We Talk the Talk, but Do We Walk the Walk?

Is it just me, or does it feel like, in practice, our focus as librarians is overwhelmingly on the mechanics of information literacy rather than on the big picture? Let me define what I mean when I say “mechanics” and “big picture.” The mechanics is the how-to stuff: Boolean, database search limiters, proximity searching, the tell-tale signs of a scholarly source vs. a non-scholarly source. The big picture is the critical thinking, evaluation, and ethics stuff. Put another way, the mechanics is concepts one and two of the old ACRL Information Literacy Standards. The big picture stuff is all the rest of it, and pretty much all of the new ACRL Information Literacy Framework.

Without being too anecdotal (read: leaving my workplace out of this), I’m struck that librarians are very territorial about these mechanical things. If someone in the writing center or tutoring center dares to teach a student about using search limiters in a library database, we cry foul. “That’s our domain!” we shout, “Stop encroaching on us! You can’t do it right! We’re trained in this!” As if only someone with an MLS can navigate the complexities of EBSCOhost. This seems petty to me. In this age of the flipped classroom, can’t all these mechanics safely be left to someone else so that we can focus our attention on those higher level concepts?

In addition, we need to realize that we’re not the only ones on campus who think information literacy is important. Those folks in the writing center? They have a stake in this too. As do the faculty members teaching the classes. And yet, according to a very interesting Dissertation by Grace Veach at the University of South Florida, librarians think that four out of the five original info lit standards outlined by ACRL should be taught by librarians, not writing faculty (see figure 13, page 79 of that study).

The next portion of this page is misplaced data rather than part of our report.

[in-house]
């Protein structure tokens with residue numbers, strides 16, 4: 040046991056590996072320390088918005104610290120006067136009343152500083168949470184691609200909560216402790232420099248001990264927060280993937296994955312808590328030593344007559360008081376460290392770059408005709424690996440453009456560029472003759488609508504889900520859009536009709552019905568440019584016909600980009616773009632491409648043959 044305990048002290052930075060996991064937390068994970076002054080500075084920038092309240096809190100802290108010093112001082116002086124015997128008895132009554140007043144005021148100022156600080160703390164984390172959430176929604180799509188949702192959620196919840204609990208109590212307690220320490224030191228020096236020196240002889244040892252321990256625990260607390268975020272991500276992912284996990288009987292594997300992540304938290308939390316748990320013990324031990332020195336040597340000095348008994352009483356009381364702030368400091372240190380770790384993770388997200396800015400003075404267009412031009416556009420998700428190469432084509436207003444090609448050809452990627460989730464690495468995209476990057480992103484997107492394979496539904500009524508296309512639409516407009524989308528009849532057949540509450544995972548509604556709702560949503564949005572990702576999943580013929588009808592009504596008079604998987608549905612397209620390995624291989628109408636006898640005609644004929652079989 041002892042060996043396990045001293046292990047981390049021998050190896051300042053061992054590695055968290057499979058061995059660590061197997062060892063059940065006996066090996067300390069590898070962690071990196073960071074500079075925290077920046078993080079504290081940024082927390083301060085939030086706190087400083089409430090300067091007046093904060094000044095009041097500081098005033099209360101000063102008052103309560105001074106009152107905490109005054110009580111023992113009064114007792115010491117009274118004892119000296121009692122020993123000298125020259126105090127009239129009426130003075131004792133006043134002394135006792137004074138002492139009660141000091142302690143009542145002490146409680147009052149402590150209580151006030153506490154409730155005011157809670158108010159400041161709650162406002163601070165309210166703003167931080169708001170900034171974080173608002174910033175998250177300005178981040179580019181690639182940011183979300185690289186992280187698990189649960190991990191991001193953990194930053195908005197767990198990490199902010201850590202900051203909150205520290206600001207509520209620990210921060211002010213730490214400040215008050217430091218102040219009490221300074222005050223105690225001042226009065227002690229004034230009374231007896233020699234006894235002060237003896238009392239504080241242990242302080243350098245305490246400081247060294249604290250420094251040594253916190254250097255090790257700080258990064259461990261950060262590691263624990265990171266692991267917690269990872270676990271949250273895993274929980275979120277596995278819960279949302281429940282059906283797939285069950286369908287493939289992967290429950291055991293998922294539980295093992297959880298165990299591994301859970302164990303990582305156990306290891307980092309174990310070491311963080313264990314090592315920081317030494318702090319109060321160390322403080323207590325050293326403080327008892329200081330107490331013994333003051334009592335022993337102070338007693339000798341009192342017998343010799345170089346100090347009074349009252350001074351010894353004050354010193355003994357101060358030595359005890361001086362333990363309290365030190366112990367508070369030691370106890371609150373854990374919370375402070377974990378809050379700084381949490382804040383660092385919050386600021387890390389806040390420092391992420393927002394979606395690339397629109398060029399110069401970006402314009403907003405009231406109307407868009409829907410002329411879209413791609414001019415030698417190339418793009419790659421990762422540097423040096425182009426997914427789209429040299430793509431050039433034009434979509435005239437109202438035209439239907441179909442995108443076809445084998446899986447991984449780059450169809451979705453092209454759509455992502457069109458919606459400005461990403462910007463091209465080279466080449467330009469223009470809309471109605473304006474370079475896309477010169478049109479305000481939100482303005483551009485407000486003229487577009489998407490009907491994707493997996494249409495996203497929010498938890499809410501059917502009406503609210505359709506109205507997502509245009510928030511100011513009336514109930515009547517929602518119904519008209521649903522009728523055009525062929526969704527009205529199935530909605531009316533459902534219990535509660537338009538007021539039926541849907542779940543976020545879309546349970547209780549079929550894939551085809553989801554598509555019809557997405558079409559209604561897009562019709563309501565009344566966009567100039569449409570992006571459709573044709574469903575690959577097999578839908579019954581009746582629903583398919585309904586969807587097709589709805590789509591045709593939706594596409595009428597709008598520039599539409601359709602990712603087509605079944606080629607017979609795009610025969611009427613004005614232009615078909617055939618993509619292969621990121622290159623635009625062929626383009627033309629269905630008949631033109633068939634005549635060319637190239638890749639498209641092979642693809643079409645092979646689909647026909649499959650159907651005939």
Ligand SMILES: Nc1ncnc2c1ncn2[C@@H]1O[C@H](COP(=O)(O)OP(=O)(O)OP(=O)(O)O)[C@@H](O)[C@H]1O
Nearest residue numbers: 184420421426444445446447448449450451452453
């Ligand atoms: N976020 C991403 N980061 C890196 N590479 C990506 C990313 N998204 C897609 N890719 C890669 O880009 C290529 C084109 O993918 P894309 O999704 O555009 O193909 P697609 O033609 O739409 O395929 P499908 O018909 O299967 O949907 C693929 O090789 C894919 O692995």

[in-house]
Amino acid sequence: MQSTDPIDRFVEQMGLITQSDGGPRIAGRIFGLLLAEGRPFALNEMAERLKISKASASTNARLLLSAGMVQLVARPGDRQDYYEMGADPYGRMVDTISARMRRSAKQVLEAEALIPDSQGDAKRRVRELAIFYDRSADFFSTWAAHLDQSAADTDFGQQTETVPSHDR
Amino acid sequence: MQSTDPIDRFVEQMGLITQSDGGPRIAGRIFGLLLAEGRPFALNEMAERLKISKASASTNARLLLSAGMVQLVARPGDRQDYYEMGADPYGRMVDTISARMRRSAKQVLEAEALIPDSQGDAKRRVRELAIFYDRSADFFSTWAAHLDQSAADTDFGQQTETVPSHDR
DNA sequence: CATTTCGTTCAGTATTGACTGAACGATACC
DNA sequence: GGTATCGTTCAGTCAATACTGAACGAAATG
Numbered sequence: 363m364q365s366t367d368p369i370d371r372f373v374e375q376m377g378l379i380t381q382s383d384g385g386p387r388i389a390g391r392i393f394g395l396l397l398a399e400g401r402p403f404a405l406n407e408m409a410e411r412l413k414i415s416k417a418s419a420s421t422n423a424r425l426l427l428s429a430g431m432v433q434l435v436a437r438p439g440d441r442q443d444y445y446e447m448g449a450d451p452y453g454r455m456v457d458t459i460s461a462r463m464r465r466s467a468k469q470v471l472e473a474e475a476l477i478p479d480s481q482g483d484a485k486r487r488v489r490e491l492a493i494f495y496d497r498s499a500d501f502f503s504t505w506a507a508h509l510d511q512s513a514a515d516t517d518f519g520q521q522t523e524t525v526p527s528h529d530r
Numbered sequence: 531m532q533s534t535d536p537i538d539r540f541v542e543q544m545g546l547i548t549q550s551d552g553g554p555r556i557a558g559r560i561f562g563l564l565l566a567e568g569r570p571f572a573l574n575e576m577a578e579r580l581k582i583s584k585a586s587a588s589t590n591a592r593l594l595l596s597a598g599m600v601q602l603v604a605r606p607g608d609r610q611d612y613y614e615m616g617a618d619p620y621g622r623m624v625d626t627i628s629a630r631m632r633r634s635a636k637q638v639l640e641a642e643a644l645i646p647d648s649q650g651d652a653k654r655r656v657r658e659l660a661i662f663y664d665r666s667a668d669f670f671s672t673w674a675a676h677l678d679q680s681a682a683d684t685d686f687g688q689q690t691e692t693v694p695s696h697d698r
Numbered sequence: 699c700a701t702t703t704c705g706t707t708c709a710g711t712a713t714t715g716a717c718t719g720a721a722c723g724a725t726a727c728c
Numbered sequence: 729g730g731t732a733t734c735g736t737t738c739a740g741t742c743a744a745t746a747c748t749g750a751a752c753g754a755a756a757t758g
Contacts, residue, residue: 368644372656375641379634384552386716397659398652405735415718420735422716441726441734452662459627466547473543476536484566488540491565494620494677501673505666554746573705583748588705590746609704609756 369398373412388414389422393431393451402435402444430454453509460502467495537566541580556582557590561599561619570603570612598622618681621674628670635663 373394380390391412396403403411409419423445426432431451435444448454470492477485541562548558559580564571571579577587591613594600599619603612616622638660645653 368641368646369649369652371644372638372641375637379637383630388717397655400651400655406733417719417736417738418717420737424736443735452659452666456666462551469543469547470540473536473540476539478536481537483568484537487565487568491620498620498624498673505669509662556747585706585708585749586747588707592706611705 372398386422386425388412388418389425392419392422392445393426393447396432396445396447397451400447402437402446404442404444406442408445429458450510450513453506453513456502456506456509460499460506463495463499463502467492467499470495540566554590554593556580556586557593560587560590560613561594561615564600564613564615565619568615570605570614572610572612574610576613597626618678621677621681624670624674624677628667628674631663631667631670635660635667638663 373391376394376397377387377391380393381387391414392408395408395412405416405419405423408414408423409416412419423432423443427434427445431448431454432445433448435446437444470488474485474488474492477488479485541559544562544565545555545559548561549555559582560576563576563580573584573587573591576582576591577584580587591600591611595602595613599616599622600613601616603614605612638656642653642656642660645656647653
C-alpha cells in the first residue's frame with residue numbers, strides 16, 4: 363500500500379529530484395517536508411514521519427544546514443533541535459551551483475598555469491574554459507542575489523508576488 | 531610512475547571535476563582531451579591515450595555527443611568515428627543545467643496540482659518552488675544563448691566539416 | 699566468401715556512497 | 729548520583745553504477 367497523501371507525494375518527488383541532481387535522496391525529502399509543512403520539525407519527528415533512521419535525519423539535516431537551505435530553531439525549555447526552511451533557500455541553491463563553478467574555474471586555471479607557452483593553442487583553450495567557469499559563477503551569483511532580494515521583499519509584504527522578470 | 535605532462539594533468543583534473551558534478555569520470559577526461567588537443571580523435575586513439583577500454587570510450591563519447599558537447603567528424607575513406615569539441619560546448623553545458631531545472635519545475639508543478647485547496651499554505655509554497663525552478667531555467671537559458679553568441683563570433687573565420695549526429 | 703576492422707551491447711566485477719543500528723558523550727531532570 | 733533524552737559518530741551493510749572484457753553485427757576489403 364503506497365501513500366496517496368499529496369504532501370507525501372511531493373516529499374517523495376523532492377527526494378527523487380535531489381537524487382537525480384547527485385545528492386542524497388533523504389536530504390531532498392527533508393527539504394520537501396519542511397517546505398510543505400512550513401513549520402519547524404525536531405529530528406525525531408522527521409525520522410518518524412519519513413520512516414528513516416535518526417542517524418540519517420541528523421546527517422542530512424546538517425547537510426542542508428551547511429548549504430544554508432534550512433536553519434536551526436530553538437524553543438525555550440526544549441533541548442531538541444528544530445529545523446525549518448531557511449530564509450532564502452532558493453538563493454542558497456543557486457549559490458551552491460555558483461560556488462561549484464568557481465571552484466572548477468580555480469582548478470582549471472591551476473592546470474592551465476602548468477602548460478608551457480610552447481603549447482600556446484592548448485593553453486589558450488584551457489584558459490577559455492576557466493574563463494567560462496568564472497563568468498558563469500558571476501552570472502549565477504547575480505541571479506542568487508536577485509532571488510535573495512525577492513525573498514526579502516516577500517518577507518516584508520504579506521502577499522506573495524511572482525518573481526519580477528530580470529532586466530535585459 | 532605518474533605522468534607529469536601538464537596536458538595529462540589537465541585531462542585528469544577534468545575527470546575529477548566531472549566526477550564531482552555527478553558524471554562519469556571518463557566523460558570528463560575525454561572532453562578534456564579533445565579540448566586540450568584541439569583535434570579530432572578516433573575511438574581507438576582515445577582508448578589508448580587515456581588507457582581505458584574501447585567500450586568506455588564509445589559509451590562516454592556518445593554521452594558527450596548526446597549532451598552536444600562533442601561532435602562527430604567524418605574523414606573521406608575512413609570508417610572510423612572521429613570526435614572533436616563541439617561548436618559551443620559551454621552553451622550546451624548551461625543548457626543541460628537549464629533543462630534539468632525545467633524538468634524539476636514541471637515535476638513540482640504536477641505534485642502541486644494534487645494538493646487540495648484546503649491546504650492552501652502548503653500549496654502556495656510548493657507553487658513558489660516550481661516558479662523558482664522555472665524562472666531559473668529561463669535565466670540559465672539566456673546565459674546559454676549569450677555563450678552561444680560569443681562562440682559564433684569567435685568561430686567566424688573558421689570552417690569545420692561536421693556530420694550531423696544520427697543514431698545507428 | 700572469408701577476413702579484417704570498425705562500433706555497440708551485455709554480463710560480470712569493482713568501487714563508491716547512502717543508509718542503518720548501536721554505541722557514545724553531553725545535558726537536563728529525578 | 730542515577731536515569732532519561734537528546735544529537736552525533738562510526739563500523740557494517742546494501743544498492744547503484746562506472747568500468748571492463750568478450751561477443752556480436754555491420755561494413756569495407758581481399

So here we are, focusing most of our attention on standard 2 (the mechanics), and getting upset whenever anyone else on campus tries to teach the mechanics, yet ostensibly thinking that we should have responsibility for all of information literacy instruction except for teaching the purposeful use of information. And then along come these complex new Information Literacy Framework concepts. Where does that leave us?

I don’t know the answer to that. And frankly, I’ve been brooding over this post for days, trying to make it sound less angry, less confrontational, and more coherent, and I’m ready to let go and send it out into the ether. So I apologize for coming off angry, confrontational, and/or incoherent. That’s just the kind of week this has been.

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